Pneumothorax (Lung Collapse)
A pneumothorax, or lung collapse, is a leakage of air (pneumo) from a lung into the chest cavity (thorax). This air outside the lung abruptly diminishes the negative pressure (vacuum) between the chest wall and the lung, causing the lung to deflate or collapse.
The cause for pneumothorax in LAM is thought to be the rupture of a bleb or cyst just below the surface of the lung. Often the collapse is only partial, but you still might experience some pain and shortness of breath. If a large pneumothorax occurs and collapses a sizable portion, or all, of your lung, you’ll likely have chest, abdominal, or shoulder pain and significant difficulty breathing.
There are two types of spontaneous pneumothorax: primary and secondary. A primary spontaneous pneumothorax occurs for no apparent reason.
A secondary spontaneous pneumothorax is usually associated with an underlying lung disease. Diseases affecting the lungs (like LAM and TSC, and other problems such as emphysema and cystic fibrosis) can weaken the structure of the lungs and airways, permitting spontaneous pneumothoraces to occur. An unexplained pneumothorax—or a series of them—often triggers the search for an underlying lung disease.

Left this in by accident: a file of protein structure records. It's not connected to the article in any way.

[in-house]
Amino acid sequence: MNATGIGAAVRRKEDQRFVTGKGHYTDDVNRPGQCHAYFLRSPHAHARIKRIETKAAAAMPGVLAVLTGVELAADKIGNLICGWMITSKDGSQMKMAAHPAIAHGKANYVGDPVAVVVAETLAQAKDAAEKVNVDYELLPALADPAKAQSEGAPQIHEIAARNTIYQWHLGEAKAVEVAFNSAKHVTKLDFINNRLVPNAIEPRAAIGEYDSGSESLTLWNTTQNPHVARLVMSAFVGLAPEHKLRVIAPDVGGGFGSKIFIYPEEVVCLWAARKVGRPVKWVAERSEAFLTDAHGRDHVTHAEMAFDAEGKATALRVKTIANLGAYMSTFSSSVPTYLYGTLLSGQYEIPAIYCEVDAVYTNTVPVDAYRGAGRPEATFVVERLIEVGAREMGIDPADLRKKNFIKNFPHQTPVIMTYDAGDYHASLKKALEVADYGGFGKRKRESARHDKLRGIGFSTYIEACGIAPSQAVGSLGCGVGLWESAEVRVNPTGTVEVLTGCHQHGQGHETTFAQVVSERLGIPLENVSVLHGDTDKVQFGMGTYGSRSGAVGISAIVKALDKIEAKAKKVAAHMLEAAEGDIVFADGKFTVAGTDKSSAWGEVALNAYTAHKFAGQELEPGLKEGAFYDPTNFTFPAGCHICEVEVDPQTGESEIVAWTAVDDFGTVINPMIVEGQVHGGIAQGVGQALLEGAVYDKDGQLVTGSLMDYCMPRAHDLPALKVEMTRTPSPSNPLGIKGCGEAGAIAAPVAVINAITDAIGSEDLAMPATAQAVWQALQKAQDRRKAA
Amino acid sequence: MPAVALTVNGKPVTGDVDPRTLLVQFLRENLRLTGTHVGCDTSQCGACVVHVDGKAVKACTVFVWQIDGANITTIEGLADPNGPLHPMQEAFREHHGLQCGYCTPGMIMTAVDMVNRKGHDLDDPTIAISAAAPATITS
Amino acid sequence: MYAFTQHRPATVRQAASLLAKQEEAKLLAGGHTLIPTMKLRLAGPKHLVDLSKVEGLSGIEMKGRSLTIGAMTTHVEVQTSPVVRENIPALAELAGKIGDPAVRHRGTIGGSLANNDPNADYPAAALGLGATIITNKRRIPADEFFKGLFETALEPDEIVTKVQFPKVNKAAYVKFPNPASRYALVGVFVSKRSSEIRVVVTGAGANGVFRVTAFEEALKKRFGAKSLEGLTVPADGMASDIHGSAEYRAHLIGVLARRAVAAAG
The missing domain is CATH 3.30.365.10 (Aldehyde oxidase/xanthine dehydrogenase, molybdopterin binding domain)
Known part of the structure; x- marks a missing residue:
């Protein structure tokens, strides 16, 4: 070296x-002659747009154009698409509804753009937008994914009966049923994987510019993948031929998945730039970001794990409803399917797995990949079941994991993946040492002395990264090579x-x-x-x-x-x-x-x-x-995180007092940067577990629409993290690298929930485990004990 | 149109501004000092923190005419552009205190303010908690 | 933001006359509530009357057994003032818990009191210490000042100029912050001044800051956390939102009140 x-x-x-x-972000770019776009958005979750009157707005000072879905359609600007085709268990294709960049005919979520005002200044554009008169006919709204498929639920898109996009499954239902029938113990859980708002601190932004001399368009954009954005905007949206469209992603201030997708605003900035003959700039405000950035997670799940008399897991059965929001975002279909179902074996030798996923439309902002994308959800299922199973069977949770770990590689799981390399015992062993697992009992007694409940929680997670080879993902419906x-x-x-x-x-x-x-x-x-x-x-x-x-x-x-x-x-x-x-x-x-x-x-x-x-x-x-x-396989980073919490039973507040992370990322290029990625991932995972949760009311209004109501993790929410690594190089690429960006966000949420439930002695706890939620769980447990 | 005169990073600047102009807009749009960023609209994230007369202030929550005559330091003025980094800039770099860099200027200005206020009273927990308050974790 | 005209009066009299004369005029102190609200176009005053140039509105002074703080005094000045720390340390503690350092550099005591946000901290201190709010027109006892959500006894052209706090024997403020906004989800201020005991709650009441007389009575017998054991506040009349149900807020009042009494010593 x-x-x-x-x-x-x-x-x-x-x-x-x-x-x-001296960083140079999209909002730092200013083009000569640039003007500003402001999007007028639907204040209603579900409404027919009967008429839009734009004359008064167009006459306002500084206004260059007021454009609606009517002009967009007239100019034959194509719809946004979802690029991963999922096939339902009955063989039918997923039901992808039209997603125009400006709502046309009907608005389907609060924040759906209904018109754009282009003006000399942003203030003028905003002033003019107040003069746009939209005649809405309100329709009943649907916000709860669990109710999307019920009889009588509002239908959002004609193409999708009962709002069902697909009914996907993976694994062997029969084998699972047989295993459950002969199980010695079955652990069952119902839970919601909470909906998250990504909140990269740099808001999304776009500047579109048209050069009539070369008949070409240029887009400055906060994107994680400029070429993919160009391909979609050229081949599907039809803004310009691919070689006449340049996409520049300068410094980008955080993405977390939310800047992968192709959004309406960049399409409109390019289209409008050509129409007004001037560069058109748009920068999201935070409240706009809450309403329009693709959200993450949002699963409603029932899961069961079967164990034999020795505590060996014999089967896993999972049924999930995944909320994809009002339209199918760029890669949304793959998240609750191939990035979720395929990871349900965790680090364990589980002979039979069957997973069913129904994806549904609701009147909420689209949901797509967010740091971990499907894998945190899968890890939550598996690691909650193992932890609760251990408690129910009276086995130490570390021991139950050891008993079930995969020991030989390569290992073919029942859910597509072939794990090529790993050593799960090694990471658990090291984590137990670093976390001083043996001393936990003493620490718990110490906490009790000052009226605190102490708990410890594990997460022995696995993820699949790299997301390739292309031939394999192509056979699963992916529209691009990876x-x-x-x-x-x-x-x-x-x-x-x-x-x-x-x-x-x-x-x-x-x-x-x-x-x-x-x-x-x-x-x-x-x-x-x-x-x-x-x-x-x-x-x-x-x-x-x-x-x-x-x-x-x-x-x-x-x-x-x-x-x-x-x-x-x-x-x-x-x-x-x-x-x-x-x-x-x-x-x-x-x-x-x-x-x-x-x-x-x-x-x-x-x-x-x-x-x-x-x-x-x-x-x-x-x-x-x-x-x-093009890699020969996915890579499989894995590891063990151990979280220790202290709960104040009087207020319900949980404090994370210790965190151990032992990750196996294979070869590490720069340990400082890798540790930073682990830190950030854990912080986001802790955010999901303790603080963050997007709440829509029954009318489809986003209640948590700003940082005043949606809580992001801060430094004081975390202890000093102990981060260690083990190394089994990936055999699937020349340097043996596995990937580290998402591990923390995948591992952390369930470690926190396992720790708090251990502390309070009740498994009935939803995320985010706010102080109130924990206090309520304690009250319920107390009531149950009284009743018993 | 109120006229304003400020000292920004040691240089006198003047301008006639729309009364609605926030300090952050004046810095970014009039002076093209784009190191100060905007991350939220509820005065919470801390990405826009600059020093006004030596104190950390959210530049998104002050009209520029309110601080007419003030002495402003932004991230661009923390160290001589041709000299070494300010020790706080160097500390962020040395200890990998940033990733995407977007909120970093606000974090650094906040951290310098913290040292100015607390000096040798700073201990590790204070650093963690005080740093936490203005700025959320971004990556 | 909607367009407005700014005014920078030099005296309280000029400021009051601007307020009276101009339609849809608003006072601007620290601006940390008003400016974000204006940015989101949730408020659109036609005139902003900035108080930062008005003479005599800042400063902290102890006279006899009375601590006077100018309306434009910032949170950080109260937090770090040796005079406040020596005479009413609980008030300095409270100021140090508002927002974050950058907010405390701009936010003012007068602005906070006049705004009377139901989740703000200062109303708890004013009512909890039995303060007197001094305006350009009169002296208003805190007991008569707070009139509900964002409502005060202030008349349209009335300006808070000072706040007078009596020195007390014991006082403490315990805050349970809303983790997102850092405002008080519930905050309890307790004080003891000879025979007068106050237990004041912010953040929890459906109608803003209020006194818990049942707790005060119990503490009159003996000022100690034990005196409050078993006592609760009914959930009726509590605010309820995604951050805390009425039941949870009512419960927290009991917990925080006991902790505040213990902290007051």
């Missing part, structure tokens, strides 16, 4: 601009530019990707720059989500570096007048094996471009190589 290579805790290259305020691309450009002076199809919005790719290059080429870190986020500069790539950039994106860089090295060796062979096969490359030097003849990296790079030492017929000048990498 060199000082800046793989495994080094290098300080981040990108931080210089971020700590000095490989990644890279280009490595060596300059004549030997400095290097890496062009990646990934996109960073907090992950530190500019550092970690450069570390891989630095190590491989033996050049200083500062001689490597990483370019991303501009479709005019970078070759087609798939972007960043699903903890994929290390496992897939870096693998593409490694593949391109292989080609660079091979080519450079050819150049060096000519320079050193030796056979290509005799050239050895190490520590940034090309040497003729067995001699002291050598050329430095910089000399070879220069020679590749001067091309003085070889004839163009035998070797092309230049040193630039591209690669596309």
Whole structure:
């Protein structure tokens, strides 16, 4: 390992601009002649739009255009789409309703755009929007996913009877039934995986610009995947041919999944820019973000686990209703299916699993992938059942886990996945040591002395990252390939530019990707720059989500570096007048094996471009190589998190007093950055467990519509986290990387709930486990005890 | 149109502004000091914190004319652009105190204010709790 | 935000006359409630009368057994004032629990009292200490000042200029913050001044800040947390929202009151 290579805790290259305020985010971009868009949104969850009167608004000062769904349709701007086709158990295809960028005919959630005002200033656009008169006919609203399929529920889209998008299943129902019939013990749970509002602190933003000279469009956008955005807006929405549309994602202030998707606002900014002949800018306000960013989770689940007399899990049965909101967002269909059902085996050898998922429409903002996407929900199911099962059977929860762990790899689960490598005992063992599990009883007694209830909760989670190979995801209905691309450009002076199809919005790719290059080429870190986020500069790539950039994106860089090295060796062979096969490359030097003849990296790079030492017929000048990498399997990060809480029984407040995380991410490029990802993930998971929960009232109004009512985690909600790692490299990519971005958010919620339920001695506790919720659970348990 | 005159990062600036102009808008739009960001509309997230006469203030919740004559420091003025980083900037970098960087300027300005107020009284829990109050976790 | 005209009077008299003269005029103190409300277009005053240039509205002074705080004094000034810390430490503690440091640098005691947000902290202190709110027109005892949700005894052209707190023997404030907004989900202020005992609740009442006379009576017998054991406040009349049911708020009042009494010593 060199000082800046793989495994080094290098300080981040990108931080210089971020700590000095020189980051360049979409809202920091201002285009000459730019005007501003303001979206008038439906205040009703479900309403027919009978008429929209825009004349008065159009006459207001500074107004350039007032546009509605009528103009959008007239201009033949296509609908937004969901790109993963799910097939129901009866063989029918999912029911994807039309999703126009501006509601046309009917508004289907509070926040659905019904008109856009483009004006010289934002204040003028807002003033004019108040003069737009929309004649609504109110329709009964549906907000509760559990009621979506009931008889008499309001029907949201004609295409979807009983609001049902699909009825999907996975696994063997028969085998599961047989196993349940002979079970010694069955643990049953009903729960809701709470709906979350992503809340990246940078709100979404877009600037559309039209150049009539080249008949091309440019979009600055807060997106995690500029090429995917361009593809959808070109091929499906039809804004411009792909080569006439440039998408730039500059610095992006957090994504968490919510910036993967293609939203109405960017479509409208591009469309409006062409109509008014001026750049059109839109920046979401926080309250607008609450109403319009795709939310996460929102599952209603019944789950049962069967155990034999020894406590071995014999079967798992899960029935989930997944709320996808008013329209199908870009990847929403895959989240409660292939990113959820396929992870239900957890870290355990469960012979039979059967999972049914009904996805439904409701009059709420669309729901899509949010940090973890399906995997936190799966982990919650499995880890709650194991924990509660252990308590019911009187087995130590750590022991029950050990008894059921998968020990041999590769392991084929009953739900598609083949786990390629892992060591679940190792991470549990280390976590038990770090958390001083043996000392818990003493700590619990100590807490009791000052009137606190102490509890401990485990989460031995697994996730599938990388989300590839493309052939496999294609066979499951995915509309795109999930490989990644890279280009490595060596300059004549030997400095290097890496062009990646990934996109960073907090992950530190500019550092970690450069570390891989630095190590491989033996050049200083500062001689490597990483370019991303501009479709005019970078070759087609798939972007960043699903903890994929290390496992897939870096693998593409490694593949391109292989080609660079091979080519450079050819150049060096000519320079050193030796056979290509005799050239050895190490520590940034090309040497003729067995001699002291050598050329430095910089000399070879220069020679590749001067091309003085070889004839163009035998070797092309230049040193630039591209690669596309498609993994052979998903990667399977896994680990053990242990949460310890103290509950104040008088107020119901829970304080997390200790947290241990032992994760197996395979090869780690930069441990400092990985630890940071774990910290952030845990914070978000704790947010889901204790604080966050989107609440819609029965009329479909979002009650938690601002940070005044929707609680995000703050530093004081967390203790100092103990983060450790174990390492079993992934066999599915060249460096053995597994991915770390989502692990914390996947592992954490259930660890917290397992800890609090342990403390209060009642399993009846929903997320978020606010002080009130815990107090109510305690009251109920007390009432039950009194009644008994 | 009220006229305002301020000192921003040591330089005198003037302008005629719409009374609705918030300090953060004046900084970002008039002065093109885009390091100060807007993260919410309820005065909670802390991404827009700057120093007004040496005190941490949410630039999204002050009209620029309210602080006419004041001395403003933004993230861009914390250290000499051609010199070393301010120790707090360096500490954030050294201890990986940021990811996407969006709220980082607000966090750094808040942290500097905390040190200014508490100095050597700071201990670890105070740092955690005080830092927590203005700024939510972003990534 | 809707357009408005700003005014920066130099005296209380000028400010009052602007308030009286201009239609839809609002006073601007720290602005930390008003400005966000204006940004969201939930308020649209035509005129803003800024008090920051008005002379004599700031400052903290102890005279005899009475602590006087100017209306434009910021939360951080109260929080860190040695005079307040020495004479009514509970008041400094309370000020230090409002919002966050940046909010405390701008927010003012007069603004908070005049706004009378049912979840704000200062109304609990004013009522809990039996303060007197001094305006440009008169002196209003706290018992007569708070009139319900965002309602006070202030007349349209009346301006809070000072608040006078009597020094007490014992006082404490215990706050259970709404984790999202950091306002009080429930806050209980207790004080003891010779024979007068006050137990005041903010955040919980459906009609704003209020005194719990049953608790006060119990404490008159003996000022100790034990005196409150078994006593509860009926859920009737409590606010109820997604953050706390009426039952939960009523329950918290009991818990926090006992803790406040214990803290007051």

There are two goals when treating a pneumothorax. The first is the immediate removal of air from the space between the lung and the chest wall (the pleural space) so that the lung can re-expand. The second, and equally as important, objective is the prevention of recurrent pneumothoraces. There is a procedure called pleurodesis that adheres the outside of the lung to the inside of the chest cavity to prevent the lung from collapsing again. If you have a persistent leak and/or have had a pneumothorax previously, your doctor may ask you to consider pleurodesis as a preventative measure. Although pleurodesis isn't a foolproof remedy against future pneumothoraces, it generally diminishes their likelihood. Also, if you do have a pneumothorax after you’ve had pleurodesis, the collapse is more likely to be partial, and intervention may not be required.